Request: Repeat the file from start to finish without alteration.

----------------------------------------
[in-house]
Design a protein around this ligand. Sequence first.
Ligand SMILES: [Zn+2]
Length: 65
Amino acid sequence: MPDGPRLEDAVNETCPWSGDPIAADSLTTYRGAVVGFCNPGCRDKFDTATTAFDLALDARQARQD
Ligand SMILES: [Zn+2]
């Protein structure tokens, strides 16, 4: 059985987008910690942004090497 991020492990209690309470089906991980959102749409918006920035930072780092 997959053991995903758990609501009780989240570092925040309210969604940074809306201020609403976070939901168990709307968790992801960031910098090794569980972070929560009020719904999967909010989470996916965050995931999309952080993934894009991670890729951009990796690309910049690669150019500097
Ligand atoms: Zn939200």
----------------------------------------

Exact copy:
[in-house]
Design a protein around this ligand. Sequence first.
Ligand SMILES: [Zn+2]
Length: 65
Amino acid sequence: MPDGPRLEDAVNETCPWSGDPIAADSLTTYRGAVVGFCNPGCRDKFDTATTAFDLALDARQARQD
Ligand SMILES: [Zn+2]
């Protein structure tokens, strides 16, 4: 059985987008910690942004090497 991020492990209690309470089906991980959102749409918006920035930072780092 997959053991995903758990609501009780989240570092925040309210969604940074809306201020609403976070939901168990709307968790992801960031910098090794569980972070929560009020719904999967909010989470996916965050995931999309952080993934894009991670890729951009990796690309910049690669150019500097
Ligand atoms: Zn939200």